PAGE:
I know lots of people who spend hours a week working through sudoku (数独・すうどく) squares, crossword puzzles, and brain training apps like Luminosity. Some folks no doubt genuinely enjoy these activities, doing them for leisure’s sake with little to no thought of their supposed “brain benefits”. I suspect, however, that the vast majority of people are forcing themselves through these puzzles because they want to keep their brain young, stave off neurodegenerative diseases, and improve cognitive firepower. The research does indeed seem to support the notion that doing difficult mental tasks can help change how one’s brain is wired and increase “neurogenesis” (a.k.a. “brain plasticity”), but as a biased language addict, I feel compelled to ask the obvious question: Given all the time and energy one spends trying to solve such puzzles, why not just learn a language instead?
Spaced Repetition Systems (or “SRS” for short) are flashcard programs designed to help you systematically learn new information—and retain old information—through intelligent review scheduling. Instead of wasting precious study time on information you already know, SRS apps like Anki allow you to focus most on new words, phrases, kanji, etc., or previously studied information that you have yet to commit to long-term memory. Read on to see how spaced repetition apps work and which SRS tools I recommend.
If you are learning Japanese and/or Mandarin Chinese and have an Android device, I highly recommend checking out Skritter’s new public beta app. As I mention in my review of Skritter, they offer one of the best tools for learning Chinese characters. Instead of traditional flashcards that just test passive recognition, the Skritter site and apps require that you actually write out the characters on the screen or using your mouse/trackpad. This “active recall” approach is far more effective than the self-gradings used in other spaced repetition apps. And best of all, in cases when you have no idea how to write a character, Skritter provides nifty stroke by stroke hints to help you along. If you haven’t tried Skritter yet, now would be a good time as you can get a 3-week trial instead of the 1 week they usually offer. The offer is valid for new accounts activated before August 31, 2014.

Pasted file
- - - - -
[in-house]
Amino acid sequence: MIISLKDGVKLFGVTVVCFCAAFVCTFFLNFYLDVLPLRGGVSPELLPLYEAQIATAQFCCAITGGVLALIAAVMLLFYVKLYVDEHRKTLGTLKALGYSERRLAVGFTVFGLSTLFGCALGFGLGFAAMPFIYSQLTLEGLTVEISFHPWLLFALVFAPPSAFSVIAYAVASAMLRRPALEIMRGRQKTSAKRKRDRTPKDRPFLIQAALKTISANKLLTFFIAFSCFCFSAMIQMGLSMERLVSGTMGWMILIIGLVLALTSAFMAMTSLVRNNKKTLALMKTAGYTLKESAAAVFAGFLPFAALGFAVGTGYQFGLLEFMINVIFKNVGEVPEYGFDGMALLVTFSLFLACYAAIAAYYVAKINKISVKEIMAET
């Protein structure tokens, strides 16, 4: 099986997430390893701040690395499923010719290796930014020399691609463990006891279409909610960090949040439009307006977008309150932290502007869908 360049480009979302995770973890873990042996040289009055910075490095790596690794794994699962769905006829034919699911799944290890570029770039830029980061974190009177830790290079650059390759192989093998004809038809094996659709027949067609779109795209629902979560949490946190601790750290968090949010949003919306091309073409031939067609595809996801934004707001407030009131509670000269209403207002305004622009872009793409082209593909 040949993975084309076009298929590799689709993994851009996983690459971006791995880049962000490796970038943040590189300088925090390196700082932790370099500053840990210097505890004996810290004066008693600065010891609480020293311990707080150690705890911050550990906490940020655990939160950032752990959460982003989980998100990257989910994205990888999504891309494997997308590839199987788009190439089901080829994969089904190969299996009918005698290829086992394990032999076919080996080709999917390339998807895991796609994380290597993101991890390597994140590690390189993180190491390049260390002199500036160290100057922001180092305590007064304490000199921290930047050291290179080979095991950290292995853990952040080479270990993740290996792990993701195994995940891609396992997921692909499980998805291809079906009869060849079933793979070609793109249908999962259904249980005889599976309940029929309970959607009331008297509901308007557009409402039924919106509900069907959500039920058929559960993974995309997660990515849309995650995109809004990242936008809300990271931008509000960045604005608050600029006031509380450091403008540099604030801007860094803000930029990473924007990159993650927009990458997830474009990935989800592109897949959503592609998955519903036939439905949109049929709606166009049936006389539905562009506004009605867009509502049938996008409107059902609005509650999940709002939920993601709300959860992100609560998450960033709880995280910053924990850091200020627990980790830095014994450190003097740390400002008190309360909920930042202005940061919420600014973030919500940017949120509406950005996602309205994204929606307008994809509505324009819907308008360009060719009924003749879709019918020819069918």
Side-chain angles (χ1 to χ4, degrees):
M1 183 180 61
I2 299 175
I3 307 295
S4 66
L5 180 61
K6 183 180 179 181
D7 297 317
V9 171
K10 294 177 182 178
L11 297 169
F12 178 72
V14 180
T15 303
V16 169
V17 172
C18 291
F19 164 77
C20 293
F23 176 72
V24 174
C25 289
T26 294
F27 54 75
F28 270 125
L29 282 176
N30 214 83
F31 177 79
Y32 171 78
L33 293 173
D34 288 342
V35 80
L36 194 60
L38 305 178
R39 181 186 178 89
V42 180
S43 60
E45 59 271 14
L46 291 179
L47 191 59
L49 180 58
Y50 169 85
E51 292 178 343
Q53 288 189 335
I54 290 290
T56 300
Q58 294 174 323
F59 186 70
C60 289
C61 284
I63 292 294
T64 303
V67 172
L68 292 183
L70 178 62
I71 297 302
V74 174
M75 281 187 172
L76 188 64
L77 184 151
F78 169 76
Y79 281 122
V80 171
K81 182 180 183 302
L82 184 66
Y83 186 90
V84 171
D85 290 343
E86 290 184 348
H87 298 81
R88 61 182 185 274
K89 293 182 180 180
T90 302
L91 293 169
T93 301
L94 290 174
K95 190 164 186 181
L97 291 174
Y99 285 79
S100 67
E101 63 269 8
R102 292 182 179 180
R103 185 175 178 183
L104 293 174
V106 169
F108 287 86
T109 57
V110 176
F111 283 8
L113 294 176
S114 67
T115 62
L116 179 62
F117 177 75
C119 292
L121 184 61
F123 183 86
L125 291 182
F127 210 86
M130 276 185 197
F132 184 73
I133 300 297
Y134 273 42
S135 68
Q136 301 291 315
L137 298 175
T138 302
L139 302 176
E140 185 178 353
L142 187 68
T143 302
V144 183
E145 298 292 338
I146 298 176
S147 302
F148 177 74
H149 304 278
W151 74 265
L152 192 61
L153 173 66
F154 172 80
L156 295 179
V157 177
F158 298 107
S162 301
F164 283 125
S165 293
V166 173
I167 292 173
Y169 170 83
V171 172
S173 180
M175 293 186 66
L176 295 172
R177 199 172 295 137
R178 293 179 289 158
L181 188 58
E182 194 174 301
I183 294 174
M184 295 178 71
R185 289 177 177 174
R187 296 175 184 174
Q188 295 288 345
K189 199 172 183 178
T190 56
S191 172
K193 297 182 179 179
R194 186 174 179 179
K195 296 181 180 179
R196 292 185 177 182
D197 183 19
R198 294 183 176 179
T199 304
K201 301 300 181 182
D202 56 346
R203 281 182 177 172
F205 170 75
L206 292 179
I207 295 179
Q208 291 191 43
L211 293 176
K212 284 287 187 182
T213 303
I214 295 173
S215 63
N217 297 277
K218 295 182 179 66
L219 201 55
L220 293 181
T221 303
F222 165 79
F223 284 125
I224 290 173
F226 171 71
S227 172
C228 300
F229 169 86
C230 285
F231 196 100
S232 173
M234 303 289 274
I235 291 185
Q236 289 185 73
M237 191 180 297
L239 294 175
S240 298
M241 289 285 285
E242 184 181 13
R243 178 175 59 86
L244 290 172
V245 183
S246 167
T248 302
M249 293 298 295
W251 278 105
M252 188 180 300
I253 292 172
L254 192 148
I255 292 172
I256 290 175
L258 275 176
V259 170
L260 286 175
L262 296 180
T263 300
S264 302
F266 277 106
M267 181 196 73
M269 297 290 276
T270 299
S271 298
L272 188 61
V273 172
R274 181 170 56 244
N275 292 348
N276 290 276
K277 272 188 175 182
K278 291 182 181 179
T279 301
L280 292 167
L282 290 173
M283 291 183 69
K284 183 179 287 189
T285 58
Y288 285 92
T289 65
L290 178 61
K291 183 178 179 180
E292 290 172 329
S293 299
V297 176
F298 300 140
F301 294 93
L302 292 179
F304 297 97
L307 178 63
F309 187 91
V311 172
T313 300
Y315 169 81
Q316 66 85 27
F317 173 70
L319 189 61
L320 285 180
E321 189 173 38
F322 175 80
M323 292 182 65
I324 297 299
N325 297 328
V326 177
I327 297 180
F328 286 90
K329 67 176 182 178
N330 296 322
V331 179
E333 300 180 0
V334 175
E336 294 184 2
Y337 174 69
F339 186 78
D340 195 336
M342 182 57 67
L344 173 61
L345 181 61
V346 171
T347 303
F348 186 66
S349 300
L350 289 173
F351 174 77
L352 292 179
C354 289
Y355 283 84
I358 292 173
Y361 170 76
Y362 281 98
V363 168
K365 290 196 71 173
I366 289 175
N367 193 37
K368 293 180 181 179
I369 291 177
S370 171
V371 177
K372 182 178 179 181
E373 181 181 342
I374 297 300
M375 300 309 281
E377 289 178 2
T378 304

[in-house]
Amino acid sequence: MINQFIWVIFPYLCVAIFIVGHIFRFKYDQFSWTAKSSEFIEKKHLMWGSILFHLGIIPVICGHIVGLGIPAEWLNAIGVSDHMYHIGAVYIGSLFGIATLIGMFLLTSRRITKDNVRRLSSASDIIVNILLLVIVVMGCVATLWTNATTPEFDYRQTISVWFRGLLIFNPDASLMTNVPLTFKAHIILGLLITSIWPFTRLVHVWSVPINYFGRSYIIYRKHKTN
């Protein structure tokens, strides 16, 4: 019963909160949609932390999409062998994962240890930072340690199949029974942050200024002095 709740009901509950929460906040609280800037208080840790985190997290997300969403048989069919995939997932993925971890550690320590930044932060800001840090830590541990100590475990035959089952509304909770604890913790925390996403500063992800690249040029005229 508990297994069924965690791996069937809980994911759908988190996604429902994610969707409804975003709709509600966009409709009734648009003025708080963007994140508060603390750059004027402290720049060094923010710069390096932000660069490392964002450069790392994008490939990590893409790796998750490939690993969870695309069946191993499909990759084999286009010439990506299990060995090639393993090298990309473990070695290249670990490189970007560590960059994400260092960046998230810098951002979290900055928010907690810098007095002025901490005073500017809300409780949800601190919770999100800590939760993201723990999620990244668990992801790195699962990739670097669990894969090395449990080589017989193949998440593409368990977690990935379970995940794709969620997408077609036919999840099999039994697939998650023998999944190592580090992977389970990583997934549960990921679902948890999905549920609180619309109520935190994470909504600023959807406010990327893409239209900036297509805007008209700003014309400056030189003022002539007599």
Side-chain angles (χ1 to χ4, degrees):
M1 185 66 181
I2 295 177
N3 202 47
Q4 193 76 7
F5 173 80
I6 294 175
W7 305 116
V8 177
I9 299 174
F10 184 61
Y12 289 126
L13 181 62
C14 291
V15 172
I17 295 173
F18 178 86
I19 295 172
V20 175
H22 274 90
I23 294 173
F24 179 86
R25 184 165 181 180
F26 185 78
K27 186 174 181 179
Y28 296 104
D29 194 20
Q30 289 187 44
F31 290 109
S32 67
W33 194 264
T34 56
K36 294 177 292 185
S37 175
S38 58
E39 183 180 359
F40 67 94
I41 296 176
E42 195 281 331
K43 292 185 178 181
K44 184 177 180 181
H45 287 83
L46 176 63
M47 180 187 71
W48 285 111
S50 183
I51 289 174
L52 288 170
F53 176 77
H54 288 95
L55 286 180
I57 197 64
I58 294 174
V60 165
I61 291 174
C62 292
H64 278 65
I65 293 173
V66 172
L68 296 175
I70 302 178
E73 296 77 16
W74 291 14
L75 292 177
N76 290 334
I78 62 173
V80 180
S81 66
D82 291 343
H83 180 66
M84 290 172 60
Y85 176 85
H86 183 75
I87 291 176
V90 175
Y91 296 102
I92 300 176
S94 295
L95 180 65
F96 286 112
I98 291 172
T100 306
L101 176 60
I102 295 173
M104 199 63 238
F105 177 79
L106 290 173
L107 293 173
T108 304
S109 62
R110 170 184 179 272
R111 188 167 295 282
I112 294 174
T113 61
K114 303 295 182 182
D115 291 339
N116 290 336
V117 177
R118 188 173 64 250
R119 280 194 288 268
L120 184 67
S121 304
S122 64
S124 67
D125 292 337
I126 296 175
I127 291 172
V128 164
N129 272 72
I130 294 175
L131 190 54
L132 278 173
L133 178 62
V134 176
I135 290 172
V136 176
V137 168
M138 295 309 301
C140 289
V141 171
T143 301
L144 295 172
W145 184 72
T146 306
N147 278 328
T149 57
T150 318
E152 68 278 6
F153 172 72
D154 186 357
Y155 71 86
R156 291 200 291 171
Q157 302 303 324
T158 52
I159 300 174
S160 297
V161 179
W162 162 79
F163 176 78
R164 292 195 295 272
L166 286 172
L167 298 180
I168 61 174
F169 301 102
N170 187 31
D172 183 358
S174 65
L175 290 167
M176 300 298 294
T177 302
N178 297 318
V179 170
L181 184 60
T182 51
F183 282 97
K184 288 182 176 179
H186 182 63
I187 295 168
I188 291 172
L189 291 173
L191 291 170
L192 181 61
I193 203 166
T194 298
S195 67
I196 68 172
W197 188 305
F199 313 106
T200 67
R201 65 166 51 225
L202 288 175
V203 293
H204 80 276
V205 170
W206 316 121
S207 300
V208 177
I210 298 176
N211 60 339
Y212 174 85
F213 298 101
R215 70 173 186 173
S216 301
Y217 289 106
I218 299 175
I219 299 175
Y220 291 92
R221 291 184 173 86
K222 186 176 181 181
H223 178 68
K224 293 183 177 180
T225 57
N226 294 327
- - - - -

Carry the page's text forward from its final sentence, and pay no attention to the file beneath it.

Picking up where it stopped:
I spend lots of my time learning and writing about psychology. Most of my favorite language bloggers do the same. But why? Isn’t all this psychology stuff just a bunch of touchy-feely mumbo jumbo? Isn’t the only important thing in language learning how much you study? Time on task is indeed paramount to success, but the quantity of learning (although important) matters far less than the quality. And what determines the impact of your language learning time? Your psychology. Read on to see the five most insidious obstacles standing between you and fluency.
Stephen Krashen is one of my heroes. He is a linguist, researcher, education activist, and professor emeritus at the University of Southern California. I have wanted to meet him since I began studying linguistics in university, and finally had my chance at Ming Chuan University’s 2009 “Annual Conference on Applied Linguistics” in Taipei, Taiwan. He then agreed to conduct the following interview via email. Note that this interview was originally only available to newsletter subscribers, but since I am now offering Language Mastery Insiders a new bonus each month, I decided it was time for everyone to have the chance to enjoy Krashen’s unique brand of intellect and humor. Enjoy!
I am on a mission to simplify my digital and offline life this year, and have decided that a big part of that is saying goodbye to Facebook. After carefully weighing the pros and cons, I decided that the downsides far outweigh the upsides, and have just hit delete on my account. Read on to see the five reasons why…